Heatherlee Muehlius peeks through the service window of Hattie's Truck.
Heatherlee Muehlius peeks through the service window of Hattie's Truck.

An educated food truck

When Heatherlee Muehlius' new food truck hit the streets a month ago, she most likely became the best educated restaurateur on wheels in Milwaukee. Known as Hattie, Muehlius has a culinary degree from Moraine Park Technical College in Fond du Lac, and bachelor and master's degrees in education.

For most of the year she is an English as a second language specialist in the Milwaukee Public Schools, but this summer she has become the owner and operator of Hattie's Truck. From the bright yellow vehicle, a former FedEx truck, Muehlius is selling gourmet sliders and desserts as well as the standard chips and beverages.

"To most people, a slider means a greasy burger," the vivacious chef recently told me. "I'm doing five different sliders, and none of them are burgers."

Muehlius offers Italian beef dipped in au jus and topped with caramelized onions and provolone; pulled pork with sweet barbecue sauce and topped with slaw; pulled chicken with honey dijon mustard and onions; jerk chicken with mango slaw, and chicken fajita with peppers, onions and salsa. The sliders are $3.50 a piece or two for $6.

Home made desserts include red velvet and chocolate peanut butter cupcakes ($2.50), and cheesecake lollipops ($2) rolled in toffee, peanuts or coconut.

Muehlius worked as a line cook and pastry chef at the Radisson Paper Valley Hotel in Appleton, and she has done a lot of private catering. She calls Hattie's Truck her head start on a retirement job.

The truck is currently serving lunch six days a week. It is usually a part of the large food truck clusters, including Schlitz Park on Tuesdays, the courthouse on Thursdays and Red Arrow Park on Fridays. It also makes an appearance at the East Side Farmer's Market on Saturdays.

Check the website for the daily schedule.

We will be seeing less of Hattie's Truck when school starts, but Muehlius says she intends to roll it out on weekends.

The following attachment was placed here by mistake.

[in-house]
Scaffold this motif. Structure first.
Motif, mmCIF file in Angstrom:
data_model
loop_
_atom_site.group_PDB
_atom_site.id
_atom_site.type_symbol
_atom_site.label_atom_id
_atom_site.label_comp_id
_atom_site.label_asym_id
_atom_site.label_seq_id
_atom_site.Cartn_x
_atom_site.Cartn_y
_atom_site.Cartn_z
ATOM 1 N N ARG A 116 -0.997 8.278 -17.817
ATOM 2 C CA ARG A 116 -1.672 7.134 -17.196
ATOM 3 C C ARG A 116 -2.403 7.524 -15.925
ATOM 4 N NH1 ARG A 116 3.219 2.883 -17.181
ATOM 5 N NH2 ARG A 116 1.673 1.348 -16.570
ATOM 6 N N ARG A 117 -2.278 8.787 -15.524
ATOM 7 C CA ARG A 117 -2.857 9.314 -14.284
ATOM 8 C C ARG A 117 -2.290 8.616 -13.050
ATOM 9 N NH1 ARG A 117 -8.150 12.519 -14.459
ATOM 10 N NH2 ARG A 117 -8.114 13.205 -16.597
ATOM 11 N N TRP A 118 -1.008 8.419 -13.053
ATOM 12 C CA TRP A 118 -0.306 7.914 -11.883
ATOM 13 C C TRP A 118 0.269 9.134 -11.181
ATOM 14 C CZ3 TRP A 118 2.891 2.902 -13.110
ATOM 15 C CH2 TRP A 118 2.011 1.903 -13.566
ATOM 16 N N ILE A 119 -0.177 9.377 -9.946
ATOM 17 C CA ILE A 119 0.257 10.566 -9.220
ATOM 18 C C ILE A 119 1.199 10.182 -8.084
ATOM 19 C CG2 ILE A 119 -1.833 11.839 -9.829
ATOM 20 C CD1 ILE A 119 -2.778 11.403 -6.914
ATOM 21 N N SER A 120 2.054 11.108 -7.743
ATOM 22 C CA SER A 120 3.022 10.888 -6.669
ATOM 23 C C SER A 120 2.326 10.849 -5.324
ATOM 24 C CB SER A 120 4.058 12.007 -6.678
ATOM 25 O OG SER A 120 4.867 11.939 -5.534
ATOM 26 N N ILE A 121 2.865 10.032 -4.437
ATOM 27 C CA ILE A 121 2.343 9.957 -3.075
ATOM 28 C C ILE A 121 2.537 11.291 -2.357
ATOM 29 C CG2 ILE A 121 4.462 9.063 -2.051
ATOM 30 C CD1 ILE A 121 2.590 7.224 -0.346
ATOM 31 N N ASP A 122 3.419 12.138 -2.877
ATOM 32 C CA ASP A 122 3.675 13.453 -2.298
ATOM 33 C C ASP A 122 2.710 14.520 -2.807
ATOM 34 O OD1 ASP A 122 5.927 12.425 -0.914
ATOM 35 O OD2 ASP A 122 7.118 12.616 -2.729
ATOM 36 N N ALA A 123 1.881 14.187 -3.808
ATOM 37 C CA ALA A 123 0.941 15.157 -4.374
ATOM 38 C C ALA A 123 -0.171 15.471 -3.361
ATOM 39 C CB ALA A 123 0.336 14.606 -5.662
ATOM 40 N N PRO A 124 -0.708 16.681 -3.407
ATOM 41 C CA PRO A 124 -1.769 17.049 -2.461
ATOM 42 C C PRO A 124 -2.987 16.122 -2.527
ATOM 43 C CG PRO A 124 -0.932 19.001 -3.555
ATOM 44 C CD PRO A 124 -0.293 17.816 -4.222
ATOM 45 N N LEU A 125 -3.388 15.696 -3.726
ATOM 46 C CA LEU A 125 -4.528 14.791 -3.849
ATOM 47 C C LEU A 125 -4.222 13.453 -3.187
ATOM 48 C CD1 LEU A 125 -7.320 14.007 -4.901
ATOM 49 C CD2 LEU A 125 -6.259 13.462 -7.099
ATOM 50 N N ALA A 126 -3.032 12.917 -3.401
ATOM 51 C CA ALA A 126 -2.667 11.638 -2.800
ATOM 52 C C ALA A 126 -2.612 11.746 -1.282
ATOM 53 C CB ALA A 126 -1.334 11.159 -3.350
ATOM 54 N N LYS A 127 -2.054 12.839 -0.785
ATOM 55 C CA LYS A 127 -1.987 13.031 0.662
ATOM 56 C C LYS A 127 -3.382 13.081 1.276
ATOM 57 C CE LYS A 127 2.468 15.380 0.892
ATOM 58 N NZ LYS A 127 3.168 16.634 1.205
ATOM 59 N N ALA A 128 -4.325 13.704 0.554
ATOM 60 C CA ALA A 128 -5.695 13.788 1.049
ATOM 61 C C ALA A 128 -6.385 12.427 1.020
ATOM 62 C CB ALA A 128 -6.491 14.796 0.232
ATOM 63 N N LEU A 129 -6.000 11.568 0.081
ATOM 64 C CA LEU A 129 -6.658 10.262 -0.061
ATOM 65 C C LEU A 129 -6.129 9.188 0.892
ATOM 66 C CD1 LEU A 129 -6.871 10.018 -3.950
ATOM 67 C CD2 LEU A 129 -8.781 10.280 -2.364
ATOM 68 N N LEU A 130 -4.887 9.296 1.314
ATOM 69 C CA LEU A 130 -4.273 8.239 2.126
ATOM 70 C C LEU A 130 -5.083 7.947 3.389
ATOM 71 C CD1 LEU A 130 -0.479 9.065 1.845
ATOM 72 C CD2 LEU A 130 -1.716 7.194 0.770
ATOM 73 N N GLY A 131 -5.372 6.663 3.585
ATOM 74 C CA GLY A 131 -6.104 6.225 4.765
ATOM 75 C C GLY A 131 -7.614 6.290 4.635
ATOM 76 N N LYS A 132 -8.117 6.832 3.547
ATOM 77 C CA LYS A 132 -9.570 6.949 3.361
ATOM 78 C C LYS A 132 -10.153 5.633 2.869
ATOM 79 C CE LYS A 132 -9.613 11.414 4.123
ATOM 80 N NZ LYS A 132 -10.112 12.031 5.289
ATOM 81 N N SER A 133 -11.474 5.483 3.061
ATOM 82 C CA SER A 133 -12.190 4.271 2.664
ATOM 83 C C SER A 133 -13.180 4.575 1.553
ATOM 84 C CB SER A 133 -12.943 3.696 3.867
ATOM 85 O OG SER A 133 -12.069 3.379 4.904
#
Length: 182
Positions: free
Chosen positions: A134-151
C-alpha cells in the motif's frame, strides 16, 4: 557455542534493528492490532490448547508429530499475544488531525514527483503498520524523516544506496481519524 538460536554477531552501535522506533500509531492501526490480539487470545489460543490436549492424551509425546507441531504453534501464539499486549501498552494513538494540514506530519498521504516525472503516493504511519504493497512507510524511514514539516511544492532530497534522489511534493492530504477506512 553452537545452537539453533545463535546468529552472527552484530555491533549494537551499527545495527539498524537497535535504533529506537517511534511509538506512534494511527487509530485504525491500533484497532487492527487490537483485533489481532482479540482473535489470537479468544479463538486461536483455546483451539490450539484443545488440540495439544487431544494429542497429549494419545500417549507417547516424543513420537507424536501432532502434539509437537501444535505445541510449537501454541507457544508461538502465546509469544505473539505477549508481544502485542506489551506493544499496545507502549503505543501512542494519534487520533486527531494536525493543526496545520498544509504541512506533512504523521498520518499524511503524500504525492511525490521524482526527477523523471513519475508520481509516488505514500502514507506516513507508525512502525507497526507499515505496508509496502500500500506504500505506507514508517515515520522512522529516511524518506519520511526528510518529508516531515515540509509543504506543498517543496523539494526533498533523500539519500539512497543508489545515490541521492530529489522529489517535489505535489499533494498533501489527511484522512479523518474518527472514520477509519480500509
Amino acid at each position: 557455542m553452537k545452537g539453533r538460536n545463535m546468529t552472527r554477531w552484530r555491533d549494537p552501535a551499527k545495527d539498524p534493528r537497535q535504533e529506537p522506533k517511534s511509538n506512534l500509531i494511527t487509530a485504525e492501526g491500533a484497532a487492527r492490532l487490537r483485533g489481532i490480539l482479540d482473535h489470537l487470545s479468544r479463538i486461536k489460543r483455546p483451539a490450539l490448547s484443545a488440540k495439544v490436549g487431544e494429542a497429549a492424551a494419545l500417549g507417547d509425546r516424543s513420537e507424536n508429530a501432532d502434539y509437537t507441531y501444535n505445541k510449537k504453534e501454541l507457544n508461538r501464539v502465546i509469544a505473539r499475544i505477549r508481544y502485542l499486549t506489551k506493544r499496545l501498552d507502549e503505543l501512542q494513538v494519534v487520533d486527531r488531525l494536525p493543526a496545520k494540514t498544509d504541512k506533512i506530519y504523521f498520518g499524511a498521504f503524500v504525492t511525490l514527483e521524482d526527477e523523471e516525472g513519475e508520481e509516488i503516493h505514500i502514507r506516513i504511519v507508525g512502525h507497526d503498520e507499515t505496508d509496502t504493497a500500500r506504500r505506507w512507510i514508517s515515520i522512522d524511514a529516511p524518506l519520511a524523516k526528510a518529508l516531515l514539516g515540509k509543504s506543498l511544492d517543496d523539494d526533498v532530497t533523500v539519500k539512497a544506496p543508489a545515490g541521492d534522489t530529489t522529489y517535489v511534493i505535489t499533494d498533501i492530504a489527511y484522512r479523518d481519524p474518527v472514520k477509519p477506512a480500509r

From left, Steve Koehler, Dan Klarer and Chad Luberger kick up their heels in the American Folklore Theatre production of "Victory Farm."
From left, Steve Koehler, Dan Klarer and Chad Luberger kick up their heels in the American Folklore Theatre production of "Victory Farm." (Photo: Len Villano)

Cherry picking with German POWs in Door County

FISH CREEK – The things about Wisconsin we didn't learn in school, the American Folklore Theatre tells us with music, humor and poignance.

For instance, the state hosted about 20,000 foreign prisoners of war during WWII, and most were German. Supervised POW projects ranged from Bayfield to Sturtevant, and some captured enemy combatants were even housed at State Fair Park.

The prisoners provided farm labor in a region whose workforce was depleted by the war effort. That is the context for "Victory Farm," this season's new American Folklore Theatre musical being staged outdoors in Peninsula State Park.

Three German POWs are assigned to a Door County cherry orchard in danger of having its crop spoil on the trees. The owner's husband has died in the war, and she initially resists accepting help from the enemy.

But the Germans, each quite different, are decent fellows with no malice in their hearts, and she grudgingly allows them to assist with the harvest. Homesickness and a love affair between a local and a prisoner predictably follows.

"Victory Farm" is totally reliant on its characters to engage us, with the POW's given the most texture and depth. The show's actor-singers must deliver, and AFT's cast rises to the task.

Dan Klarer charms and sparkles as a German baker brimming with optimism despite his prisoner status. Klarer exudes a gentle warmth that is irresistible.

Chad Luberger is equally effective as a sensitive teenage POW susceptible to puppy love. Veteran Milwaukee actor Steve Koehler draws the most complex character, a brooding older German soldier. We are initially wary of him, but Koehler's success at giving us a look inside the man leads to our understanding him.

Among the other actors, Allie Babich is the classic ingenue, singing like a lark and playing her role with seemingly effortless grace.

James Valcq's savvy score serves the story with its mix of poignant, romantic and rousing numbers, and it fits the AFT tradition of favoring blended h…